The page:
Friday, February 15, 2008

I am the Lorax; I speak for the trees

I was selected as one of ten first-year students in my program to take a non-credit class that studies Chicago leadership. A few weeks ago, in the course of discussion of what would make Chicago a Great City, I listened to people talk about railroads and the Olympics and the maintenance of financial markets.

When there was a lull, I raised my hand and said that I want Chicago to be considered a Great City because of the way it treats its poor and that it would be a model to other cities for how to help its under-resourced citizens pull themselves out of poverty rather than simply ejecting them in the name of gentrification.

One of the discussion leaders pressed me a little bit and together we came up with the statement that diversity in the city is entwined with poverty. And socio-economic diversity is important for making a Great City. I explained that I don't live in Lincoln Park because it's boring. It's full of wealthy, educated white people who spend much of their time shopping. I live in Logan Square near Humboldt Park because it's a Puerto Rican neighborhood with a mix of bohemian artsy types. My friend Jeffrey told me when he was visiting that all the interesting people got off the El at my stop.

Interestingly, one of the other students (who specializes in urban planning) raised her hand and argued that economic development is necesary before social development can take place.

I didn't argue the point because I didn't want to dominate, nor do I want the label of seditionist. Also, it's possible that this response didn't occur to me until later when I was falling asleep. The thing is, that if you don't develop community and the economy of a place at the same time, you will necessarily push out folks who can't afford to live in your shiny, new city. And you can't bring them back in later without people thinking that you're ruining a good thing and feeling threatened.

We have always looked to new technologies to advance Chicago. We used to dig out the river mouth until we just changed the direction of the flow. We convinced the whole country that we were a better hub than St. Louis for trains. We jacked the whole city up a couple of feet to get it out of the mud. We convince the whole country that we're a better hub for planes despite the freezing rain that delays flights for a good portion of the year. But what about social technologies? Surely, it can't be that hard for a city of innovators to develop our human capital the way that we have our physical capital.

At the turn of the last century, the words, "explosive, reckless growth" described Chciago after the fire and it made much of the city unlivable with crime, slums and graft. How do we avoid becoming unlivable at the turn of this century as we work to grow our financial prosperity again?

Jane Addams' solution at the turn of the century was to move bring her privilege with her and live in the slums alongside the poor. In Christian community development circles, we call that incarnational ministry. Repeatedly, people of privilege learn that what they thought was best for the poor was not actually helpful once they actually become neighbors. I got to sit in on a meeting about 10 years ago in which the most prominent community developers in the city explained to Millard Fuller, the founder of Habitat for Humanity, that the reason Habitat was not successful in the top ten cities in the country was because Habitat commuted into the neighborhoods they were trying to serve. To this day, Habitat has not changed this policy and still do not make much difference in the city.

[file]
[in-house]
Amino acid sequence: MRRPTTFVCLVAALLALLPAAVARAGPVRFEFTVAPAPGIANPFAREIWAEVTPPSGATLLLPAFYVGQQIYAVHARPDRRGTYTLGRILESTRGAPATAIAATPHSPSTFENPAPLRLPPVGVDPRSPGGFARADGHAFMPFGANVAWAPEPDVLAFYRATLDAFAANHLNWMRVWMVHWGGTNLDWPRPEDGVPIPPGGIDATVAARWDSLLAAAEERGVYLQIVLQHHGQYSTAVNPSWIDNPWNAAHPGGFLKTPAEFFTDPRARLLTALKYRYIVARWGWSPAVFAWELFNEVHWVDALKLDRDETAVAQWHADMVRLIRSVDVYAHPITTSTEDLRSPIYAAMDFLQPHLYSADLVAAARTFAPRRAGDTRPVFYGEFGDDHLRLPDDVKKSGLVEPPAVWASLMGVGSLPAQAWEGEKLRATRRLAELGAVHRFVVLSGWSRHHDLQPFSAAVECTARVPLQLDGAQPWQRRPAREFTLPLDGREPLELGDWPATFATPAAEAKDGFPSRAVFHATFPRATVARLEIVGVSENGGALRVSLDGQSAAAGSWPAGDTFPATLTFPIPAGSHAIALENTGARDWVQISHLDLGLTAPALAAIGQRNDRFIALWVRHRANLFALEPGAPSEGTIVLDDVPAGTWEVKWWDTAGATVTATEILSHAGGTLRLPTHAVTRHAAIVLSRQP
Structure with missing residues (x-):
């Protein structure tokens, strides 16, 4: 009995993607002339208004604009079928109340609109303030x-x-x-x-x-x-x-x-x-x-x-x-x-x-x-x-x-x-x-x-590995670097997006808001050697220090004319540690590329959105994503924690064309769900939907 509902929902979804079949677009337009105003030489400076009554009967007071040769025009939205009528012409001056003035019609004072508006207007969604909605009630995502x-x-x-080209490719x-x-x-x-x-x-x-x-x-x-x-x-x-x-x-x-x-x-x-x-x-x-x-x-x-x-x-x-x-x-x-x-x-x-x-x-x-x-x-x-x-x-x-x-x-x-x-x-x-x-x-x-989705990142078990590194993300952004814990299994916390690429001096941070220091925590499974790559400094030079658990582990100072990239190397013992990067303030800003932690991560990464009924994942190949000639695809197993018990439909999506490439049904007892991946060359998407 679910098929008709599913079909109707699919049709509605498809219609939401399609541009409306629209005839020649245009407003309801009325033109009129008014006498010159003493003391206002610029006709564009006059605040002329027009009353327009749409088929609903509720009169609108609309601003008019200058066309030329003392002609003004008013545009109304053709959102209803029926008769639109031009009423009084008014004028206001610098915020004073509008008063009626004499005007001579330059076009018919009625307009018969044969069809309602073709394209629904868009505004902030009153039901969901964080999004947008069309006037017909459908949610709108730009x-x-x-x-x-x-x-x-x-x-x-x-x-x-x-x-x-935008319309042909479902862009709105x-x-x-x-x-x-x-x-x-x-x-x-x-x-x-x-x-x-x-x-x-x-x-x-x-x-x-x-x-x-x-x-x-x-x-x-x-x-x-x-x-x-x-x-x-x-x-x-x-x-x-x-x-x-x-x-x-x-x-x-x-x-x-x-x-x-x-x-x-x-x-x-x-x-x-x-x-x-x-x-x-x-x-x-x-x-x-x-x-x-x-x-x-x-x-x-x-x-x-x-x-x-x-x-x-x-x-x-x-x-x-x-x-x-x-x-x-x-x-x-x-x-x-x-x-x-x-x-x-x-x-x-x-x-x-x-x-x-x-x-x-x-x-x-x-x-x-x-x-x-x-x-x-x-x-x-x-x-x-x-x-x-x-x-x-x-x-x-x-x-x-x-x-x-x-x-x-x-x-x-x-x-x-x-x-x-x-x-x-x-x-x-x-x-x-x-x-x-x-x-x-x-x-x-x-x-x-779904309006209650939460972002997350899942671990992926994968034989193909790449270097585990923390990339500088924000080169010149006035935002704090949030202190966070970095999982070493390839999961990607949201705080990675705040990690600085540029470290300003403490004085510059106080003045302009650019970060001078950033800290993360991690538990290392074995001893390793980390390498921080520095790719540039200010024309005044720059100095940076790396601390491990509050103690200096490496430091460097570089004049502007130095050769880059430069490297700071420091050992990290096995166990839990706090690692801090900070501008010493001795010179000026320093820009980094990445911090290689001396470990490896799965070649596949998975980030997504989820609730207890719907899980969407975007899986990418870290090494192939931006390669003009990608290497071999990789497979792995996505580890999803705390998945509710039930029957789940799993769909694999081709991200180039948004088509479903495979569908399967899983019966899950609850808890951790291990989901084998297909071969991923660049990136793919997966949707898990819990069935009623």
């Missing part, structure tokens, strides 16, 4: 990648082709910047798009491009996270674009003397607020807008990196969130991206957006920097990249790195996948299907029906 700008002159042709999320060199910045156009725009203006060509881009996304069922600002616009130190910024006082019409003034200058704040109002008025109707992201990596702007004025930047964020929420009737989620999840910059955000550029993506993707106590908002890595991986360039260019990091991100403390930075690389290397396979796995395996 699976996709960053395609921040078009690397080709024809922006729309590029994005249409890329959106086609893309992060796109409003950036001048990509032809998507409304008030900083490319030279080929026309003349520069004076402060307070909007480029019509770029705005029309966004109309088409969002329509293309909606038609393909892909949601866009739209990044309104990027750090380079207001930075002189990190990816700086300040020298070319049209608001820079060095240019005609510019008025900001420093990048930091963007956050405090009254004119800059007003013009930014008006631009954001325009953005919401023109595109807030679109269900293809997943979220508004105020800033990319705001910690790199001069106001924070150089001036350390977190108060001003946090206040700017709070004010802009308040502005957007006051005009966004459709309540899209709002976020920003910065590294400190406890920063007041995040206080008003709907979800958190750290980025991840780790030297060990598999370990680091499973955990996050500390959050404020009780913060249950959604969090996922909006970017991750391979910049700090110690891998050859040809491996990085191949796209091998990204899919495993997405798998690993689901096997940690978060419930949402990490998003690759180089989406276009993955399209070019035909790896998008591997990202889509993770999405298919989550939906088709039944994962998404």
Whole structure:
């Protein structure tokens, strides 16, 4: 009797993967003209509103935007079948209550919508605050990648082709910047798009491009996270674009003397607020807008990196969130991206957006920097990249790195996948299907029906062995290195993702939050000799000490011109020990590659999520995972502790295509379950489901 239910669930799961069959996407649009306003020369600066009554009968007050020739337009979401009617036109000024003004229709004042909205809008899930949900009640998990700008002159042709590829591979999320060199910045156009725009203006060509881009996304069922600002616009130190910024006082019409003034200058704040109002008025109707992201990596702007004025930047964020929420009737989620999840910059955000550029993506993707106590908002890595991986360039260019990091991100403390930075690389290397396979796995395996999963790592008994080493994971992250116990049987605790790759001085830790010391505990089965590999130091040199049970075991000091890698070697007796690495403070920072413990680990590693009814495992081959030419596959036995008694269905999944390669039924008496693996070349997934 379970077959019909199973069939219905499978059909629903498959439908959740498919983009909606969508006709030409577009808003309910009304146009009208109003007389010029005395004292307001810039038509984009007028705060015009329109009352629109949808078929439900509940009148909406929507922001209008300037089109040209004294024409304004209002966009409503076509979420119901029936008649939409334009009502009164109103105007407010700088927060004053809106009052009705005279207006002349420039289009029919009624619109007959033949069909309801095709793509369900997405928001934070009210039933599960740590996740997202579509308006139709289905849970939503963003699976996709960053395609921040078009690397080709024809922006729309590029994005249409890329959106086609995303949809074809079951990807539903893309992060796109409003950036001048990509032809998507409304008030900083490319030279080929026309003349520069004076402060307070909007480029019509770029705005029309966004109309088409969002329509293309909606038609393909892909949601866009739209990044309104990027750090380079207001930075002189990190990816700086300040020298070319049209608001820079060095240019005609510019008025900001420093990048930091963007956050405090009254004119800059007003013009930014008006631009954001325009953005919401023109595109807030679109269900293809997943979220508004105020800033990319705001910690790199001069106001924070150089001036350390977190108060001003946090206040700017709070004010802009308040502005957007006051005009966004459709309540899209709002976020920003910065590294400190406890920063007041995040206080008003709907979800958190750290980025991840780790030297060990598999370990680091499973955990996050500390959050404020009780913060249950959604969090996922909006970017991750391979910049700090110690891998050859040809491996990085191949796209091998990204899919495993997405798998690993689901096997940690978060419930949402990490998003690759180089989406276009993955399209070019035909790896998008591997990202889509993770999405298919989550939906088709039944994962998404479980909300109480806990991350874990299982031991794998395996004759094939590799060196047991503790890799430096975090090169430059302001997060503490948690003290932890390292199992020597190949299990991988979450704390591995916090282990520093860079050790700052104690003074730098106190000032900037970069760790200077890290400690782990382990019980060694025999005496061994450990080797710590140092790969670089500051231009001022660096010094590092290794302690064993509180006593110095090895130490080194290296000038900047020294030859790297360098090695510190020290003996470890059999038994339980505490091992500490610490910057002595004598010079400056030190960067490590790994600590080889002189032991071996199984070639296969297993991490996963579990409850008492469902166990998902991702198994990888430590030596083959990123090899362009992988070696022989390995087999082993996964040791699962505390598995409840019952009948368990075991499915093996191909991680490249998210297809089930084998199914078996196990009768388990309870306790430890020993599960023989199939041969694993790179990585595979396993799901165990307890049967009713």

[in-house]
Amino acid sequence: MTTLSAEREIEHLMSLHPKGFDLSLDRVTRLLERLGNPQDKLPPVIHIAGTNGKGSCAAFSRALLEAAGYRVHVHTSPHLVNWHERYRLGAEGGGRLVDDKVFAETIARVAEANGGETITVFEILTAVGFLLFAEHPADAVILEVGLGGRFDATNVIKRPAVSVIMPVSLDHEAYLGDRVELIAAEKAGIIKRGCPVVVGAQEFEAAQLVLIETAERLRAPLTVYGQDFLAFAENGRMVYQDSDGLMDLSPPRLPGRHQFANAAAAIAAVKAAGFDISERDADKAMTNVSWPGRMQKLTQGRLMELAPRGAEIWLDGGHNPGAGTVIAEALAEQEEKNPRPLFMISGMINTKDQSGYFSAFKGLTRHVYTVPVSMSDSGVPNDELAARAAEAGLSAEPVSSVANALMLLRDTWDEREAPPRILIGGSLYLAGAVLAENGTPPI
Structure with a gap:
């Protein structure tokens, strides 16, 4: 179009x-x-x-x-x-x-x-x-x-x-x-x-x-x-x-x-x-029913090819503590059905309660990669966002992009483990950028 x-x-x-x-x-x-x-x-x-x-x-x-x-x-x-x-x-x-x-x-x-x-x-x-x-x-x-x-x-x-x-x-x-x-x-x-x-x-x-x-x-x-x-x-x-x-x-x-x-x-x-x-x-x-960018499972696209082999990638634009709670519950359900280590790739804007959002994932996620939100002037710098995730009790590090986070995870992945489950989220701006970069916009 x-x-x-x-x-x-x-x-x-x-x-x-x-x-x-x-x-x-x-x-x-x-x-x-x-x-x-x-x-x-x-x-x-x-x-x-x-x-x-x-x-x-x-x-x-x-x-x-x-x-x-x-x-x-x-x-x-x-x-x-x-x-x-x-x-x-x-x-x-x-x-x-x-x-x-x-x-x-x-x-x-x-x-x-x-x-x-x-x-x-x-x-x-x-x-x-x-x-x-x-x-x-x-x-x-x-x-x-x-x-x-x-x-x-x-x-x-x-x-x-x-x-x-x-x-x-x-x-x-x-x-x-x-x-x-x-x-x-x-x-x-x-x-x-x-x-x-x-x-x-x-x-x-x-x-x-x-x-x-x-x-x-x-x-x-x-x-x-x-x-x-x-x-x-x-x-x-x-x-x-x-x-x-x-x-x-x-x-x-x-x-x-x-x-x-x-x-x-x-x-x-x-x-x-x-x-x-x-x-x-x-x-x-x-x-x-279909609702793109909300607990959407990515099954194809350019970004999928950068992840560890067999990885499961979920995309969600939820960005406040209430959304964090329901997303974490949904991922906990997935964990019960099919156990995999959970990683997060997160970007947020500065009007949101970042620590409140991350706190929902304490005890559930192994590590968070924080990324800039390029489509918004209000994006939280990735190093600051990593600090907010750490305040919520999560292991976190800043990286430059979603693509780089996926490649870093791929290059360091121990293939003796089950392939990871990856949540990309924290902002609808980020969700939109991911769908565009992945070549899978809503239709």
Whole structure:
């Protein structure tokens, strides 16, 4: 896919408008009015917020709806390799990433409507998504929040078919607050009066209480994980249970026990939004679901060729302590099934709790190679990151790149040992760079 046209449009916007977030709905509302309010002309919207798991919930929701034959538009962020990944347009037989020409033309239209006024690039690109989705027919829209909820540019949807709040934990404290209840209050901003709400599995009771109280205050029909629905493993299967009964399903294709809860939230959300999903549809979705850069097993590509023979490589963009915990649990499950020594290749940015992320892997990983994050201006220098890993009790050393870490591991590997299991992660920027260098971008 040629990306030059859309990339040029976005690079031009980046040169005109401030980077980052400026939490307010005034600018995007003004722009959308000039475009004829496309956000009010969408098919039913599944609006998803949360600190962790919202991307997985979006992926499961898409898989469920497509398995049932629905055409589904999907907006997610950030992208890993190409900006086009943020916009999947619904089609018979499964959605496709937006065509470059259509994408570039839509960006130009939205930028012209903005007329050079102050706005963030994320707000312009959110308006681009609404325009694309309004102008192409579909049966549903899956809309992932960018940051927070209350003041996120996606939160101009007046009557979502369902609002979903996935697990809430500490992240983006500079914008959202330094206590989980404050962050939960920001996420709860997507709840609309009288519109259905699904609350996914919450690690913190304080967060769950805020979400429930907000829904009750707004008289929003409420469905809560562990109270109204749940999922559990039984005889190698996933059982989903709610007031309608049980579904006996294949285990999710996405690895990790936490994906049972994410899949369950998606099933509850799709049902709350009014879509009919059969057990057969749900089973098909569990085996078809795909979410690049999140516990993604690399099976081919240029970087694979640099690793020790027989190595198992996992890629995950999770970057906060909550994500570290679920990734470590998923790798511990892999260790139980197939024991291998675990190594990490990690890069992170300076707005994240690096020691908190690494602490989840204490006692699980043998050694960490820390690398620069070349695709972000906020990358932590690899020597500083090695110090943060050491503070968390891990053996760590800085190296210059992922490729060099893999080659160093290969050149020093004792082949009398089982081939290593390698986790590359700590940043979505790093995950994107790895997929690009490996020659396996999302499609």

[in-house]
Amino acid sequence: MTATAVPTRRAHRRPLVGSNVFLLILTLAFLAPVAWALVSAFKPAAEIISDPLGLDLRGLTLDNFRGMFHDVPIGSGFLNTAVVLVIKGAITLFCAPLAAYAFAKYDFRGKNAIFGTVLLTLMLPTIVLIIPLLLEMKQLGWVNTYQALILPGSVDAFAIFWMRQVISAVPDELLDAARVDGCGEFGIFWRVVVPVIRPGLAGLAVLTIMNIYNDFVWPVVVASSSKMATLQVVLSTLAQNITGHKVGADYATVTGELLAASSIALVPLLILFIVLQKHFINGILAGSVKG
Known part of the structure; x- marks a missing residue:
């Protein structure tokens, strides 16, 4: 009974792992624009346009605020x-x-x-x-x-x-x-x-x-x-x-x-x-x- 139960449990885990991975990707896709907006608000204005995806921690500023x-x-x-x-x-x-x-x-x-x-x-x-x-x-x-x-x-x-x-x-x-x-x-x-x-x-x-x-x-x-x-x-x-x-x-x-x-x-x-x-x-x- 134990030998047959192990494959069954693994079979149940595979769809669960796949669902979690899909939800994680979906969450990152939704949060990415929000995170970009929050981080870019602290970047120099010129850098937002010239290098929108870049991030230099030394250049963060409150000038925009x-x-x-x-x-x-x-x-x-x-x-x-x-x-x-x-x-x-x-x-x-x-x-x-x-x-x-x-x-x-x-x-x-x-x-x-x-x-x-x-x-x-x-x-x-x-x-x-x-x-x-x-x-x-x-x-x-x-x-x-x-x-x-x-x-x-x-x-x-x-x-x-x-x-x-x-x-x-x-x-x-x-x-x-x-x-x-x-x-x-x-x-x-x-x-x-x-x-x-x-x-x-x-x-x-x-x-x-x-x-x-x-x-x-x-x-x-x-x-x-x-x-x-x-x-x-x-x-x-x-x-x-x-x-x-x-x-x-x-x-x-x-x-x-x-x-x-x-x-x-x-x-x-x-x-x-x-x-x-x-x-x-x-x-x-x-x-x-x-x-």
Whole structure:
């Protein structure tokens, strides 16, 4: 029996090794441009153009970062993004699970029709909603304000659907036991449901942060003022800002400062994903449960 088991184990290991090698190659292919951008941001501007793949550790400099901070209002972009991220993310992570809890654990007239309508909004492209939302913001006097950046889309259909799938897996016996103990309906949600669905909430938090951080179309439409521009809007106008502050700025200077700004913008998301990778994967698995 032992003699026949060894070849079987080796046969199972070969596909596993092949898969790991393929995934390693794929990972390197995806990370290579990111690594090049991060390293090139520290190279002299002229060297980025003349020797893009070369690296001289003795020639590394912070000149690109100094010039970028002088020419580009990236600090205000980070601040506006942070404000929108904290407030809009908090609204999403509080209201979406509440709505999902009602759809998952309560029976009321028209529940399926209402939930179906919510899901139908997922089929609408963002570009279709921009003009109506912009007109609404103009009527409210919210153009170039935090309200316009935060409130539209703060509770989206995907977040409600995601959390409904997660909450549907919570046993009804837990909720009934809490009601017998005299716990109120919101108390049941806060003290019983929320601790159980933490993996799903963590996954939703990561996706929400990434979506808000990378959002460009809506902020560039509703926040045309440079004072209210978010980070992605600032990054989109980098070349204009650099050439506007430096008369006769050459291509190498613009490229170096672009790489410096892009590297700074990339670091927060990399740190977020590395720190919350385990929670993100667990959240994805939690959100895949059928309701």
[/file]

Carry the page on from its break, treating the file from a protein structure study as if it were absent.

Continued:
What is really interesting about this discussion is that my friend Don, who was the other discussion leader, said that in the whole discussion of trains and Olympics, only about 8 people out of 40 actually talk. He told me that when I spoke up, all sorts of new people had something to add to the conversation in response.

Although I don't want to become a bore, because I think that will limit my effectiveness, I do what to be a catalyst, getting people to think of who is paying for the reforms they are proposing. I can't think of it all myself and the more people I can get in on the conversation, the better our solutions will be.

Last weekend, I attended a meeting hosted by Arloa to discuss a housing development in North Lawndale that would be both a co-housing intentional community and a La'Bri style place of hospitality for folks to come and study theology. Since Arloa lives in the ghetto as an incarnational minister and runs a holistic homeless shelter, I had just taken it for granted that this development would have aspects of neighborhood development. I mean, why wouldn't we take advantage of the fact that our neighbors would now be the very people that Christ commands us to love? But as I listened to the developer talk about an enclosed parking garage with indoor passage to the condo complex and as I looked around at the white group of people that were interested in buying in, I realized that I wanted to do what I had done at school. So, I did. And the resulting conversation was fantastic. I wasn't the only one who wanted service to others to be part of the theological study. I wasn't the only one who wanted to make sure that we involved the existing community in our plans. I wasn't the only one who wanted to diversify the participants in the co-housing.

I could get used to this!

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